‘Russia’ may suspend F-16 Block 70 fighters delivery to Turkey

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Let’s clarify something straightaway: Washington’s endorsement of Ankara’s procurement of 40 F-16 Block 40 fighter jets is not a done deal—yet. It reminds us of the “F-35 saga” years ago when the U.S. stipulated conditions that Turkey needed to abide by for a hassle-free completion of the deal. 

Photography by Thinh D. Nguyen

According to the Turkish publication Aydinlik, the Congressional Research Service had already drawn up a comprehensive report last year. This touched upon the potential supply of F-16s to Turkey and predefined circumstances that could terminate this arrangement. 

One part of the report explicitly stated that if Turkey, at any point in time, “acts against US interests,” the procurement process could be put on hold. The report further clarified, “Approval of the sale will not prevent Congress or the Administration from halting or modifying the sale in response to Turkey’s actions that counteract US interests in the future.” 

Photo credit: Aydinlik

The current military trade and production relationship between Turkey and Russia could potentially trigger Washington to hit the pause button on supplying Block 70. Aydinlik hypothesizes that Turkey might need to halt any new ground operations in Syria, cease excessive Aegean Sea flyovers, sever military ties with Russia, and refrain from shuttering the HDP [Halkların Demokratik Partisi or Peoples’ Democratic Party]. 

The outlined conditions for future F-16 shipments surface as Washington renews its discourse concerning Turkey’s S-400 batteries. In recent weeks, many media outlets highlighted the proposition from various D.C. politicians to provide Ukraine with S-400s purchased from Russia. If this plan materializes, media speculation suggests Turkey might regain their position within Lockheed Martin’s F-35 program for the fifth-generation fighter.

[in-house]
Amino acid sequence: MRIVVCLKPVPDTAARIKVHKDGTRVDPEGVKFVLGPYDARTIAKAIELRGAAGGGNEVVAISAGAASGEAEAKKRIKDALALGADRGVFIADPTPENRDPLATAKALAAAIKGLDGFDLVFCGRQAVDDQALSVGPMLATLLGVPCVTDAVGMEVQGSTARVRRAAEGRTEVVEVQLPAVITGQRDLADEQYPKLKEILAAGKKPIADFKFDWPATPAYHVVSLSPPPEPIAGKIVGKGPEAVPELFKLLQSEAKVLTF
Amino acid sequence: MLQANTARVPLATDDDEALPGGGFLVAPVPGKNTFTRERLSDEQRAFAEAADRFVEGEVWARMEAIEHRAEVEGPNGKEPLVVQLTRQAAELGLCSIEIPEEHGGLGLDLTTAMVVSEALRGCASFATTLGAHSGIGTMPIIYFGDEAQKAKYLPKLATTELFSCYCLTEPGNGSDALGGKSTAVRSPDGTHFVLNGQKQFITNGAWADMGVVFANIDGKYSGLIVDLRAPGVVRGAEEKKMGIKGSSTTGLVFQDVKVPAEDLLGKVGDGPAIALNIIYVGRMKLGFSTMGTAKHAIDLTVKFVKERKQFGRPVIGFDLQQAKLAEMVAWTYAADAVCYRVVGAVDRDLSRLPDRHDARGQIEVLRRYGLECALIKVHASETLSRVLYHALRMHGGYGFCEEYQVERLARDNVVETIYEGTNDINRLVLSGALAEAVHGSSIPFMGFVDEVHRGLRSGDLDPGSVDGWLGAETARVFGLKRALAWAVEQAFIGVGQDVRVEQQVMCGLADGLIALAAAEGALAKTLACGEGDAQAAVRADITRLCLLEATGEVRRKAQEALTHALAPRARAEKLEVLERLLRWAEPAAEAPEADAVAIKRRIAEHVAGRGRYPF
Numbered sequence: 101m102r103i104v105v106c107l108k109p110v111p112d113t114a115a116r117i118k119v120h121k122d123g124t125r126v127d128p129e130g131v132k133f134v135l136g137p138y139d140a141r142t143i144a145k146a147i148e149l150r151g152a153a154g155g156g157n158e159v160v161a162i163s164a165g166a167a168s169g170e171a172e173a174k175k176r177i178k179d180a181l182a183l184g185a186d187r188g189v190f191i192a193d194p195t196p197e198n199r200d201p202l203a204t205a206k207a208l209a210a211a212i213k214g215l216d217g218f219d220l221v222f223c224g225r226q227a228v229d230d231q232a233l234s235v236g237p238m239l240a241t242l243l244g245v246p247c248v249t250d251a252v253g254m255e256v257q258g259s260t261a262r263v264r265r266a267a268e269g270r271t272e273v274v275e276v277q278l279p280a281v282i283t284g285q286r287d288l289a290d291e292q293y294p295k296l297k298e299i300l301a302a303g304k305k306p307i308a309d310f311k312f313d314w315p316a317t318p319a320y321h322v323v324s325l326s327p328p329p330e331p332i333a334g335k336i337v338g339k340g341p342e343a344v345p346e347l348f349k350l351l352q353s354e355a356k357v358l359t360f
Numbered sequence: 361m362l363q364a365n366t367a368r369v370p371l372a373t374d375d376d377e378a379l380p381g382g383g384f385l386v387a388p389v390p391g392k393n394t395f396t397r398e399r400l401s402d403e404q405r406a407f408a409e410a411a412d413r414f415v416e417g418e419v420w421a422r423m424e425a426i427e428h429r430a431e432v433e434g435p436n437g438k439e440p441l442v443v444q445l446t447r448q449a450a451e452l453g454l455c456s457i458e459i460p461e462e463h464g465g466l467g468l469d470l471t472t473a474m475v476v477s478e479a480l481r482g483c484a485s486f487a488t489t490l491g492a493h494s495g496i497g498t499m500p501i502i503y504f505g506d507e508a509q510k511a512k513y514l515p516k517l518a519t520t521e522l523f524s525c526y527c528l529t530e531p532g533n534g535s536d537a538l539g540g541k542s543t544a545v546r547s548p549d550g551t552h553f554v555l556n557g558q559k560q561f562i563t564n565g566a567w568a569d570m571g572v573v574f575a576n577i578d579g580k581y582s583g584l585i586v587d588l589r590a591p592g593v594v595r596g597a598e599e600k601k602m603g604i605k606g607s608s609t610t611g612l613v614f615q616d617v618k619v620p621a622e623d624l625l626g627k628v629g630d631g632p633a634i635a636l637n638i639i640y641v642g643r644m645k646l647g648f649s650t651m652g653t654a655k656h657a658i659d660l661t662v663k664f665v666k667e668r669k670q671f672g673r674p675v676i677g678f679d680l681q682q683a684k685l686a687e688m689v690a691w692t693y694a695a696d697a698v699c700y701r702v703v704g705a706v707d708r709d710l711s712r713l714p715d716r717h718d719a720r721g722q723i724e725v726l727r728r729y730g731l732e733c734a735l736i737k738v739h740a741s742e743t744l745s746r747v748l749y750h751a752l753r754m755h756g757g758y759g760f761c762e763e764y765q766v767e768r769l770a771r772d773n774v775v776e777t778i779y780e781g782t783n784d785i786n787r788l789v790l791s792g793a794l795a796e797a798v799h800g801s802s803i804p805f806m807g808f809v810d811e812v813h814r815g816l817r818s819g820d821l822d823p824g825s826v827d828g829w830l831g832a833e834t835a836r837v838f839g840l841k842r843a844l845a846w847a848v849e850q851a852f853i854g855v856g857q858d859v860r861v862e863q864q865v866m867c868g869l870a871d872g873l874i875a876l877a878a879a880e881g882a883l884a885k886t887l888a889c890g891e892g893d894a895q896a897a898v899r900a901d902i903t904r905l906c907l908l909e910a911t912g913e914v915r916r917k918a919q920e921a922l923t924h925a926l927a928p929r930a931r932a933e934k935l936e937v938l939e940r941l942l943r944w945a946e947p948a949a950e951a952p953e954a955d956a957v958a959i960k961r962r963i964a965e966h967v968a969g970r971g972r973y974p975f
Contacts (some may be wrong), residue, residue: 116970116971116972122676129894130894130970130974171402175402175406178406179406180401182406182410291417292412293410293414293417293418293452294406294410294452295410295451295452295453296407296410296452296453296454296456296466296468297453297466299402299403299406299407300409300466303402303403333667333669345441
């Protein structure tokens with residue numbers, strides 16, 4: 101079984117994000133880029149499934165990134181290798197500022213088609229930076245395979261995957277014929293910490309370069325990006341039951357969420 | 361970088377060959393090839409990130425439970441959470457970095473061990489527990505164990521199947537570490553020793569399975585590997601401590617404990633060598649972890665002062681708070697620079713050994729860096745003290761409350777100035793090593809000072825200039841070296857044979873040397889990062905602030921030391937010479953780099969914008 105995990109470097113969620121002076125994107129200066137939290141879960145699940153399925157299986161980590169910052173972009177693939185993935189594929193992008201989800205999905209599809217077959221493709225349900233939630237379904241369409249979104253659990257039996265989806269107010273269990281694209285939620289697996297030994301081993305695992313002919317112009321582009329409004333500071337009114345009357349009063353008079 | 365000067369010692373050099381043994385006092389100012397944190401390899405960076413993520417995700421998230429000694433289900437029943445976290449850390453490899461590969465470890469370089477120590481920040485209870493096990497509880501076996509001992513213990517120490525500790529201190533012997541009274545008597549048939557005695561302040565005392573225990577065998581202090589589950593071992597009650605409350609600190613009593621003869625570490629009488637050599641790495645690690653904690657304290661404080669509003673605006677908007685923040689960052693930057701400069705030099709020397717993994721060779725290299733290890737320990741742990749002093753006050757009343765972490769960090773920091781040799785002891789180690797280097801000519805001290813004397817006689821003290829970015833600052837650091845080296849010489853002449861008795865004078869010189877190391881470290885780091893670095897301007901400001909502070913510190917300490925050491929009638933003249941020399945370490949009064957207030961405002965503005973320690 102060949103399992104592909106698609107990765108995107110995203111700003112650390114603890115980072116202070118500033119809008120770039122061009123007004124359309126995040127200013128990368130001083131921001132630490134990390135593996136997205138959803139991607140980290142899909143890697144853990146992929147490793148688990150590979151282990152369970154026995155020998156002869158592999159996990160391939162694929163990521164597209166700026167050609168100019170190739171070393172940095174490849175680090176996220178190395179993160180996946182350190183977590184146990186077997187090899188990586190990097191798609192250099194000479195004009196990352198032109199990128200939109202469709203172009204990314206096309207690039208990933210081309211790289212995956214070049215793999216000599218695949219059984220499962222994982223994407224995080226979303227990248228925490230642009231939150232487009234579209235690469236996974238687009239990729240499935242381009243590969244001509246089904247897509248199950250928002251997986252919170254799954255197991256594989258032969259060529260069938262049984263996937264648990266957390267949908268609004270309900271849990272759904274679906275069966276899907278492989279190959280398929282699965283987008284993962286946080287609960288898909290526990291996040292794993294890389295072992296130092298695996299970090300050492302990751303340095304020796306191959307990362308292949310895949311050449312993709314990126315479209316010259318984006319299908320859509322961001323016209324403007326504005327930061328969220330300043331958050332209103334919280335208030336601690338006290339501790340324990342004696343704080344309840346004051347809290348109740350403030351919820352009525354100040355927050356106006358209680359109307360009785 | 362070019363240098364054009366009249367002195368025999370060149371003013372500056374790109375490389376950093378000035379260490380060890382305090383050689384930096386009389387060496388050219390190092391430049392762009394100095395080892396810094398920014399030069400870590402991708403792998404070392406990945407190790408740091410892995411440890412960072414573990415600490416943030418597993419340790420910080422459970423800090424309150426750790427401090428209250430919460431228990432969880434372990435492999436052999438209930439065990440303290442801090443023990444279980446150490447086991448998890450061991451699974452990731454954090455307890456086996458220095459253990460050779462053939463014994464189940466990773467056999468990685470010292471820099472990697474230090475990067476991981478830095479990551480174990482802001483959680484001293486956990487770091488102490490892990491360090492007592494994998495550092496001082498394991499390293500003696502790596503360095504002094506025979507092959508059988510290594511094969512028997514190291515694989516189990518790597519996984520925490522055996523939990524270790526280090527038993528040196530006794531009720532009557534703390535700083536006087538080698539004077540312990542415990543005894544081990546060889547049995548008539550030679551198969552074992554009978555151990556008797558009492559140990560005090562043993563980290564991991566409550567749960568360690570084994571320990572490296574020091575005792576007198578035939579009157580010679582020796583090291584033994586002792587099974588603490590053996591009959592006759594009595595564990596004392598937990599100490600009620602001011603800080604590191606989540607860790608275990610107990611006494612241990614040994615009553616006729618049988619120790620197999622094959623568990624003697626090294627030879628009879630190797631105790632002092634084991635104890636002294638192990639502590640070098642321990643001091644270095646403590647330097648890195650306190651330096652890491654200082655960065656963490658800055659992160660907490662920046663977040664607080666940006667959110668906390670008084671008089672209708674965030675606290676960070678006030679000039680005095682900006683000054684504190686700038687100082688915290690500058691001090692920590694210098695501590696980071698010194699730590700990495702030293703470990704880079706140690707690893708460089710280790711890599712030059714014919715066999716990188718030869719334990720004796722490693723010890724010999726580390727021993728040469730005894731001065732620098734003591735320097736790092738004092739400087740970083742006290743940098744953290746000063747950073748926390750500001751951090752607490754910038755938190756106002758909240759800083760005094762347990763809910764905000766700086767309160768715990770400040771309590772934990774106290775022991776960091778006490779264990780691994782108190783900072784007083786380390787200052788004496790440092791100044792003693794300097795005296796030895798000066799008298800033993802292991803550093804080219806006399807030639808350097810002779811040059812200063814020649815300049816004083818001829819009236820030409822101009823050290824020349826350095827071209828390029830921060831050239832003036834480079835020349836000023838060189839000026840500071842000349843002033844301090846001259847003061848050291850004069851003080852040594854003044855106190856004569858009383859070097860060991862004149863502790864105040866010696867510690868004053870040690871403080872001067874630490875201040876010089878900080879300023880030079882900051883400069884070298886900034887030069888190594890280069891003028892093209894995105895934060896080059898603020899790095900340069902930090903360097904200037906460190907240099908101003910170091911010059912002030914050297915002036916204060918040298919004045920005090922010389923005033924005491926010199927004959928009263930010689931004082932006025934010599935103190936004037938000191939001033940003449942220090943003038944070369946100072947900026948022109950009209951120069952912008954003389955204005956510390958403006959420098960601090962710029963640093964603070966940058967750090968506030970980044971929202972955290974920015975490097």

However, it remains unclear how these stipulations for the potential suspension of F-16 deliveries to Turkey would affect the existing agreement between Russia and Turkey for additional S-400 air defense systems as well as the servicing of equipment already purchased from Russia. 

Photo credit: LinkedIn

Turkey remains steadfast in its stance on the necessity of the S-400s for Turkish national defense, citing “the country’s vast land mass that needs protection from potential future threats”. Yet, history echoes loudly here, mirroring the scenario when Turkey attempted to pressure the US into selling the F-16s with “deals for the Eurofighter, Su-35 or JF-17″, the US responded with their own pressure, threatening suspensions on supplies. 

As a reminder from BulgarianMilitary.com, in late January, the U.S. issued a foreign military notification. This notification serves as a precursor for the proposed sale of F-16 Block 70 fighter jets to Turkey. The upcoming acquisition enlists 40 F-16 Block 70 fighter jets and 79 upgrade kits for the same model, plus associated equipment, all costing approximately $23 billion. Among these, 32 F-16 Block 70s will be single-seat jets, while the remaining eight will feature a dual-seater setup. 

Beyond the purchase of F-16s, the deal also incorporates 48 F-110 turbofan engines, 149 AN/APG-83 AESA SABR radars, 168 Viper integrated electronic warfare kits, 858 LAU-129 guided missile launchers, 44 M61 Vulcan cannons, and 16 AN/AAQ-33 forward-looking Sniper aiming pods. 

Now, let’s explore the weaponry Turkey is set to acquire: 952 AMRAAM AIM-120C-8 Air-to-Air Missiles, 96 AMRAAM Guidance Sections, and 864 GBU-39/B Miniature Bombs among others. Furthermore, Turkey’s purchase order includes a variety of other systems such as 96 AGM-88B HARM Anti-Radiation and AGM-88E Advanced Anti-Radiation Missiles [AARGM], an extra 401 AIM-9X Block II Sidewinder air-to-air missiles. 

The sale also comprises comprehensive upgrade kits and a Service Life Extension Program [SLEP] specifically designed for the modification of existing Turkish F-16 Block 40 and Block 50+ aircraft. This ensures the inclusion of necessary equipment within the deal to extend the service life of these jets.

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